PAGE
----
SSH or Secure Shell or Secure Socket Shell, is a network protocol that gives users a secure way to access a computer over an unsecured network.
Default port: 22
22/tcp open ssh syn-ack
openSSH – OpenBSD SSH, shipped in BSD, Linux distributions and Windows since Windows 10
Dropbear – SSH implementation for environments with low memory and processor resources, shipped in OpenWrt
PuTTY – SSH implementation for Windows, the client is commonly used but the use of the server is rarer
CopSSH – implementation of OpenSSH for Windows
SSH libraries (implementing server-side):
wolfSSH – SSHv2 server library written in ANSI C and targeted for embedded, RTOS, and resource-constrained environments
Apache MINA SSHD – Apache SSHD java library is based on Apache MINA
paramiko – Python SSHv2 protocol library
nc -vn <IP> 22
ssh-audit is a tool for ssh server & client configuration auditing.
SSH1 and SSH2 protocol server support;
analyze SSH client configuration;
grab banner, recognize device or software and operating system, detect compression;
gather key-exchange, host-key, encryption and message authentication code algorithms;
output algorithm information (available since, removed/disabled, unsafe/weak/legacy, etc);
output algorithm recommendations (append or remove based on recognized software version);
output security information (related issues, assigned CVE list, etc);
analyze SSH version compatibility based on algorithm information;
historical information from OpenSSH, Dropbear SSH and libssh;
runs on Linux and Windows;
usage: ssh-audit.py [-1246pbcnjvlt] <host>-1, --ssh1 force ssh version 1 only-2, --ssh2 force ssh version 2 only-4, --ipv4 enable IPv4 (order of precedence)-6, --ipv6 enable IPv6 (order of precedence)-p, --port=<port> port to connect-b, --batch batch output-c, --client-audit starts a server on port 2222 to audit clientsoftware config (use -p to change port;use -t to change timeout)-n, --no-colors disable colors-j, --json JSON output-v, --verbose verbose output-l, --level=<level> minimum output level (info|warn|fail)-t, --timeout=<secs> timeout (in seconds) for connection and reading(default: 5)$ python3 ssh-audit <IP>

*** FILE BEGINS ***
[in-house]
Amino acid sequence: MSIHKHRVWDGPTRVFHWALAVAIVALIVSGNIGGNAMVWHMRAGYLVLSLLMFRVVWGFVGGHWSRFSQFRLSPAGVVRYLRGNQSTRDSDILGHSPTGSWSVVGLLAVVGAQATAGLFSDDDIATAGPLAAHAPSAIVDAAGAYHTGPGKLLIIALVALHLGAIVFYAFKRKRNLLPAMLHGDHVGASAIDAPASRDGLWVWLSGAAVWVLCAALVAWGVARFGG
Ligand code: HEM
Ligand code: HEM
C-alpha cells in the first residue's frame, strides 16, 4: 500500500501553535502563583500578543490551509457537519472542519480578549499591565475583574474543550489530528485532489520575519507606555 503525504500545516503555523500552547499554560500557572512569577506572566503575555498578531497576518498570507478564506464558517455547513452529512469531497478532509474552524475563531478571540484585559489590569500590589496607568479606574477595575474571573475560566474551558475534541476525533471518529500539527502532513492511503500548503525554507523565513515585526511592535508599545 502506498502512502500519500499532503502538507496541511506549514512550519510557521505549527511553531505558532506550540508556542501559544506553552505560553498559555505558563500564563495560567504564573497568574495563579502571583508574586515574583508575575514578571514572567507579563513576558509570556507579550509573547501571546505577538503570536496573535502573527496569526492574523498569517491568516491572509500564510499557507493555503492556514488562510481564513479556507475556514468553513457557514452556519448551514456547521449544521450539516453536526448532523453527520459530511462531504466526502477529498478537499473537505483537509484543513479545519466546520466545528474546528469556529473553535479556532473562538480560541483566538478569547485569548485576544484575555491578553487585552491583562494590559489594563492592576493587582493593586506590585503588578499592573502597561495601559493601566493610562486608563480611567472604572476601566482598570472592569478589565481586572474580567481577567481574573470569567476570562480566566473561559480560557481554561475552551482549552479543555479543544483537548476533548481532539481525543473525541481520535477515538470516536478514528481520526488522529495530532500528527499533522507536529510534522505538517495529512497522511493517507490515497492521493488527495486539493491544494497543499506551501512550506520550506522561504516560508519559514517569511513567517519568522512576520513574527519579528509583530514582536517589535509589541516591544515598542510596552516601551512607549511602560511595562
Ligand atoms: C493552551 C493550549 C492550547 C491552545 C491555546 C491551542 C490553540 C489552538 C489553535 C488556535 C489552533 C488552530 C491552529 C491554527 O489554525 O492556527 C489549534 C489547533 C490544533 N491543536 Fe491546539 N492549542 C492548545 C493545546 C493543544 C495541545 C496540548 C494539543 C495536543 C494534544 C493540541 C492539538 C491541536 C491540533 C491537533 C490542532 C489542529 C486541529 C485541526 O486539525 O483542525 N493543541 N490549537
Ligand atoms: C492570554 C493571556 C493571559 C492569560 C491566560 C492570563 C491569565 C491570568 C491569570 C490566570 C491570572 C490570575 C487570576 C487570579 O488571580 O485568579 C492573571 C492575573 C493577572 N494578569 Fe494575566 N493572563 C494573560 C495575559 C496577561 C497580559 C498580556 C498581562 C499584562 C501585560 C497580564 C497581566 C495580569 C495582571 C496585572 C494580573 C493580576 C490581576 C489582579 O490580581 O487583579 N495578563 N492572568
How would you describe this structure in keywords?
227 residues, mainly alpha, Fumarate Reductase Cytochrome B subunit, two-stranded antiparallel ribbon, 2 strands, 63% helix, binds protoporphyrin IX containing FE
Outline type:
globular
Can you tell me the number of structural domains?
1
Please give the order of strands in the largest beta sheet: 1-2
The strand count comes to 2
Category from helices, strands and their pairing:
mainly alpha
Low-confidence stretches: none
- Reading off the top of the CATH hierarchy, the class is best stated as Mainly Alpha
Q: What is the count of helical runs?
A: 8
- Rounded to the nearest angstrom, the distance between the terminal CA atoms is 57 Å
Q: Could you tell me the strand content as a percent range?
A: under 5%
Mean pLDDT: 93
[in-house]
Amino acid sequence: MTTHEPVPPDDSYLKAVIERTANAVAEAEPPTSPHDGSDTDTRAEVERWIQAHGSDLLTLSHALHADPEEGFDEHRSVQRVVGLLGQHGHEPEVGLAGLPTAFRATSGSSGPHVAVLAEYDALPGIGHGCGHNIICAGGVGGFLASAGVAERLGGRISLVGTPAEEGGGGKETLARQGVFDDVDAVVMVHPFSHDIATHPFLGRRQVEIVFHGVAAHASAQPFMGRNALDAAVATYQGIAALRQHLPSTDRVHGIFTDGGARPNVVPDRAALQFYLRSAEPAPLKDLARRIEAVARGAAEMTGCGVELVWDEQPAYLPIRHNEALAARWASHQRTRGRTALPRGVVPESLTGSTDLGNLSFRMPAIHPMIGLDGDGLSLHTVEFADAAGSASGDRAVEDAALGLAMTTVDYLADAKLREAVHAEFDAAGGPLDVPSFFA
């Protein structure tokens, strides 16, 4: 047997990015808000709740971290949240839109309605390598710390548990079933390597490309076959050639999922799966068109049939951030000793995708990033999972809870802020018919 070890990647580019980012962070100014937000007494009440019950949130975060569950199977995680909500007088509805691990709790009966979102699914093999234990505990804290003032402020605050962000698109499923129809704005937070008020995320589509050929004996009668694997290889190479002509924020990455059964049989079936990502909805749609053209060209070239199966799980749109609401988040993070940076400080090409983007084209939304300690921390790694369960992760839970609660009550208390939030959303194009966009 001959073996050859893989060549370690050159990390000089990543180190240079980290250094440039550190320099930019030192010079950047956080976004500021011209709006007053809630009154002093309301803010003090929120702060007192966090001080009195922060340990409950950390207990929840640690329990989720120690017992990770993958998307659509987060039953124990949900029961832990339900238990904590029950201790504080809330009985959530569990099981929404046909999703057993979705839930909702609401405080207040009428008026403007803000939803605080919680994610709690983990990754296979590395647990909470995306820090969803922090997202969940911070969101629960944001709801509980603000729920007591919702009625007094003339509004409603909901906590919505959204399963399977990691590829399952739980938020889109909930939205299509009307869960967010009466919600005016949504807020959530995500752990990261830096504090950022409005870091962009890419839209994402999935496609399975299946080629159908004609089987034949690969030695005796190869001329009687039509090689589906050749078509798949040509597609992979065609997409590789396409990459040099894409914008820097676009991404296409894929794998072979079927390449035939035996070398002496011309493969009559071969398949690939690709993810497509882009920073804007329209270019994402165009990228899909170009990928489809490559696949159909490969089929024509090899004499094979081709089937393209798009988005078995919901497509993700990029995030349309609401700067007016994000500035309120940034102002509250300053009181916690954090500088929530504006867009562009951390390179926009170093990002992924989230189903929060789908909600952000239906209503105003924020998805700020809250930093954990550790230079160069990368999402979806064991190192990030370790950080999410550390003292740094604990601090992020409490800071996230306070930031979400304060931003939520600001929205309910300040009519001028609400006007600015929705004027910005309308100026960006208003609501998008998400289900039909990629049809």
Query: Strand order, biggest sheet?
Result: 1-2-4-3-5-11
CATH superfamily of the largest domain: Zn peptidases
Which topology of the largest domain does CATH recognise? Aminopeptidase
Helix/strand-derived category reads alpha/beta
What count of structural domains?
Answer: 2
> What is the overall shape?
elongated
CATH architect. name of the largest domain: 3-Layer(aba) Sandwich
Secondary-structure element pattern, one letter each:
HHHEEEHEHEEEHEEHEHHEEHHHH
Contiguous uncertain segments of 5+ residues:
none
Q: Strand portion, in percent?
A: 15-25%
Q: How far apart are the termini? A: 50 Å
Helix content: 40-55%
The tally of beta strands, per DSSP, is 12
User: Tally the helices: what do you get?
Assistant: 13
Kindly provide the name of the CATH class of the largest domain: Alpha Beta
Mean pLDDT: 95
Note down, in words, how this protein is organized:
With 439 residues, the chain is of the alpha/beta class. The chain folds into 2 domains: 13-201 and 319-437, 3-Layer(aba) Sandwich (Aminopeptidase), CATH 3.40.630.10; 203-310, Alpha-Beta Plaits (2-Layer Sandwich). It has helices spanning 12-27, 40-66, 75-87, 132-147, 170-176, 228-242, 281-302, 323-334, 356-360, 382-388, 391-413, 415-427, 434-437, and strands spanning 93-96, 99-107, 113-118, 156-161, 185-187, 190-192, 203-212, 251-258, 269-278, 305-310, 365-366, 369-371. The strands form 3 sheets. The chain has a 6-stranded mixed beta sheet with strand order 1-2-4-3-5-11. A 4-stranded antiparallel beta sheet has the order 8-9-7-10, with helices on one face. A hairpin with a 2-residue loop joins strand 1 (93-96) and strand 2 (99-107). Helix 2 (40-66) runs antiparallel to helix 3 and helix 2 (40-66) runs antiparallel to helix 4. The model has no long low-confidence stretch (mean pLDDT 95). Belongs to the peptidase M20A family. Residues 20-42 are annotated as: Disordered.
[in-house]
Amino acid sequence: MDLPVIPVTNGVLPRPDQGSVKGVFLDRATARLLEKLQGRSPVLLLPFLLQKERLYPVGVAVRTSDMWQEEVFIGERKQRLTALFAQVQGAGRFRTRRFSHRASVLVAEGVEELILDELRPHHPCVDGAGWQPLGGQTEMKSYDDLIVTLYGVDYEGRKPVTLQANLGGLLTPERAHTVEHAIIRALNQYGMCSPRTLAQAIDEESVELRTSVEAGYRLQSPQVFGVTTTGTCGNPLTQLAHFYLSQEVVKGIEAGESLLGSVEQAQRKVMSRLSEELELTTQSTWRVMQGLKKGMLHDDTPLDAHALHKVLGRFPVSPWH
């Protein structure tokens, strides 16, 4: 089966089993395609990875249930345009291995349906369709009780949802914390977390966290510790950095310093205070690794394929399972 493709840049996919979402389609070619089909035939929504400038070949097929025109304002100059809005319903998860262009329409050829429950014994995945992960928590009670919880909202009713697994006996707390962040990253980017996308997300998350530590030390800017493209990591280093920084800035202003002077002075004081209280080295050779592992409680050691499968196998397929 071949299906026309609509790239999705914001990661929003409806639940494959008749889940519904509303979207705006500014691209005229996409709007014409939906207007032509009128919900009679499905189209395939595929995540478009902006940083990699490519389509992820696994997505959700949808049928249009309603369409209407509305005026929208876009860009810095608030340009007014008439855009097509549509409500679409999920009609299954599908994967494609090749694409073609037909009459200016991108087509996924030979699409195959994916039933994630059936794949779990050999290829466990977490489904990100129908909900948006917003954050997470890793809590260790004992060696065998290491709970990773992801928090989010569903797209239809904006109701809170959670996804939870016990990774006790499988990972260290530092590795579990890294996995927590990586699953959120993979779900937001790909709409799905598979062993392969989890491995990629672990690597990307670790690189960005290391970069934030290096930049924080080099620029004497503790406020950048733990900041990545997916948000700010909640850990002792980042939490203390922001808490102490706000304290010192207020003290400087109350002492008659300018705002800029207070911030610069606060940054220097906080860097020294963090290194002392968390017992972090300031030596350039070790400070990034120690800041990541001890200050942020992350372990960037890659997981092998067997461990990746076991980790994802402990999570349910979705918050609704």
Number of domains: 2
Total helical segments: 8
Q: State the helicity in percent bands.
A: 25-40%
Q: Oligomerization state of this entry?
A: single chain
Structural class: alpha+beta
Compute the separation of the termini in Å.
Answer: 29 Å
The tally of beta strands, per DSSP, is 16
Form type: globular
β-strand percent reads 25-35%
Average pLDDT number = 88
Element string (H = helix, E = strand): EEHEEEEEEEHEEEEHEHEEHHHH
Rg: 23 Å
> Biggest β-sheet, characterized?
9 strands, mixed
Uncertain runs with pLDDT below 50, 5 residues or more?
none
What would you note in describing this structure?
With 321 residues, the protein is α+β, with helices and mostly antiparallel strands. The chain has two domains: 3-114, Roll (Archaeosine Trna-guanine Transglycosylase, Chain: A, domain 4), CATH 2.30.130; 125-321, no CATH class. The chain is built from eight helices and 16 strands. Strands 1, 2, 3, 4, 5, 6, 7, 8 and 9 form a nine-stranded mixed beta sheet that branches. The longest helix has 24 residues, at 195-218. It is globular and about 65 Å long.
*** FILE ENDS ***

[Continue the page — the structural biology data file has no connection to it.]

ssh-keyscan -t rsa <IP> -p <PORT>
This is discovered by default by nmap. But you can also use sslcan or sslyze.
nmap -p22 <ip> -sC # Send default nmap scripts for SSHnmap -p22 <ip> -sV # Retrieve versionnmap -p22 <ip> --script ssh2-enum-algos # Retrieve supported algorythmsnmap -p22 <ip> --script ssh-hostkey --script-args ssh_hostkey=full # Retrieve weak keysnmap -p22 <ip> --script ssh-auth-methods --script-args="ssh.user=root" # Check authentication methods
In some versions of OpenSSH you can make a timing attack to enumerate users. You can use a metasploit module in order to exploit this:
msf> use scanner/ssh/ssh_enumusers
If you know some ssh private key that could be used... lets try it. You can use the nmap script:
Or the MSF auxiliary module:
msf> use scanner/ssh/ssh_identify_pubkeys